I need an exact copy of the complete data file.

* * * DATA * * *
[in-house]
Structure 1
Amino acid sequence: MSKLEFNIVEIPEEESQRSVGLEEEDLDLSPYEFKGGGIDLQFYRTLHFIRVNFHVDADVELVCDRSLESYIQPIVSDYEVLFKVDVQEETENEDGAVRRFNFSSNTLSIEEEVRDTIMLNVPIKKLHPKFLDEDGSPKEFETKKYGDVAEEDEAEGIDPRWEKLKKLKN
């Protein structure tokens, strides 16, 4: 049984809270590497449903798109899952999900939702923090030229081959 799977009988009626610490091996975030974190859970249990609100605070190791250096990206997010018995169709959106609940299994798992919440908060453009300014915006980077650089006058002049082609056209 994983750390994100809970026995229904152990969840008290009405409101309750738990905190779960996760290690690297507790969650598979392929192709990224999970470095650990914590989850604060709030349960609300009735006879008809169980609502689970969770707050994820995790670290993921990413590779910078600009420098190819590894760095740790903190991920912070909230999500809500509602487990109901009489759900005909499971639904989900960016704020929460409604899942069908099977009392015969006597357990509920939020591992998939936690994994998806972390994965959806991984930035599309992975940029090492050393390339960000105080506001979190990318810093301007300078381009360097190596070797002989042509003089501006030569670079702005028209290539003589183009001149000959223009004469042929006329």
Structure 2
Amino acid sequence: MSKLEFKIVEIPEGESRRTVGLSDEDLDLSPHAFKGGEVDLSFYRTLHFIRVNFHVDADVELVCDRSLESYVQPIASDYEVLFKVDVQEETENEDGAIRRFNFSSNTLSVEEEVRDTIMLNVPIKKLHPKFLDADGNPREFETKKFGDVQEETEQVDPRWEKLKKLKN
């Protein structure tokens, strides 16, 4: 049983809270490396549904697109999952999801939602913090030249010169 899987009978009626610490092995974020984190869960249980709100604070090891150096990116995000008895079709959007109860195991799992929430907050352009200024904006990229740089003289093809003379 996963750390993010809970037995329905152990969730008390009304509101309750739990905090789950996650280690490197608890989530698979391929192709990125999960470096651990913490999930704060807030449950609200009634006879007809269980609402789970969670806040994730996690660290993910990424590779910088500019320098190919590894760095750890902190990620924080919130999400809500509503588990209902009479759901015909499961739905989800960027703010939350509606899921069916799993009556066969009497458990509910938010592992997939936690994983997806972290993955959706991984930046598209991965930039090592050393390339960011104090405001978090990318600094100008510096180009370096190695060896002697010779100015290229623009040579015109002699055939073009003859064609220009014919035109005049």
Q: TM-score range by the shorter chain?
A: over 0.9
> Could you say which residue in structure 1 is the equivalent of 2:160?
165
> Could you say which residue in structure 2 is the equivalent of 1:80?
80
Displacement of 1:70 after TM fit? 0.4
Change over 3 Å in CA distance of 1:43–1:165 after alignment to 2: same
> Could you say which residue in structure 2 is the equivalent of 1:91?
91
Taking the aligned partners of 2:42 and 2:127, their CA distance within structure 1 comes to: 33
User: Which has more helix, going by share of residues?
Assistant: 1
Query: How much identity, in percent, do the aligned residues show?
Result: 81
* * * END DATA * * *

[in-house]
Structure 1
Amino acid sequence: MSKLEFNIVEIPEEESQRSVGLEEEDLDLSPYEFKGGGIDLQFYRTLHFIRVNFHVDADVELVCDRSLESYIQPIVSDYEVLFKVDVQEETENEDGAVRRFNFSSNTLSIEEEVRDTIMLNVPIKKLHPKFLDEDGSPKEFETKKYGDVAEEDEAEGIDPRWEKLKKLKN
């Protein structure tokens, strides 16, 4: 049984809270590497449903798109899952999900939702923090030229081959 799977009988009626610490091996975030974190859970249990609100605070190791250096990206997010018995169709959106609940299994798992919440908060453009300014915006980077650089006058002049082609056209 994983750390994100809970026995229904152990969840008290009405409101309750738990905190779960996760290690690297507790969650598979392929192709990224999970470095650990914590989850604060709030349960609300009735006879008809169980609502689970969770707050994820995790670290993921990413590779910078600009420098190819590894760095740790903190991920912070909230999500809500509602487990109901009489759900005909499971639904989900960016704020929460409604899942069908099977009392015969006597357990509920939020591992998939936690994994998806972390994965959806991984930035599309992975940029090492050393390339960000105080506001979190990318810093301007300078381009360097190596070797002989042509003089501006030569670079702005028209290539003589183009001149000959223009004469042929006329």
Structure 2
Amino acid sequence: MSKLEFKIVEIPEGESRRTVGLSDEDLDLSPHAFKGGEVDLSFYRTLHFIRVNFHVDADVELVCDRSLESYVQPIASDYEVLFKVDVQEETENEDGAIRRFNFSSNTLSVEEEVRDTIMLNVPIKKLHPKFLDADGNPREFETKKFGDVQEETEQVDPRWEKLKKLKN
């Protein structure tokens, strides 16, 4: 049983809270490396549904697109999952999801939602913090030249010169 899987009978009626610490092995974020984190869960249980709100604070090891150096990116995000008895079709959007109860195991799992929430907050352009200024904006990229740089003289093809003379 996963750390993010809970037995329905152990969730008390009304509101309750739990905090789950996650280690490197608890989530698979391929192709990125999960470096651990913490999930704060807030449950609200009634006879007809269980609402789970969670806040994730996690660290993910990424590779910088500019320098190919590894760095750890902190990620924080919130999400809500509503588990209902009479759901015909499961739905989800960027703010939350509606899921069916799993009556066969009497458990509910938010592992997939936690994983997806972290993955959706991984930046598209991965930039090592050393390339960011104090405001978090990318600094100008510096180009370096190695060896002697010779100015290229623009040579015109002699055939073009003859064609220009014919035109005049």
Q: TM-score range by the shorter chain?
A: over 0.9
> Could you say which residue in structure 1 is the equivalent of 2:160?
165
> Could you say which residue in structure 2 is the equivalent of 1:80?
80
Displacement of 1:70 after TM fit? 0.4
Change over 3 Å in CA distance of 1:43–1:165 after alignment to 2: same
> Could you say which residue in structure 2 is the equivalent of 1:91?
91
Taking the aligned partners of 2:42 and 2:127, their CA distance within structure 1 comes to: 33
User: Which has more helix, going by share of residues?
Assistant: 1
Query: How much identity, in percent, do the aligned residues show?
Result: 81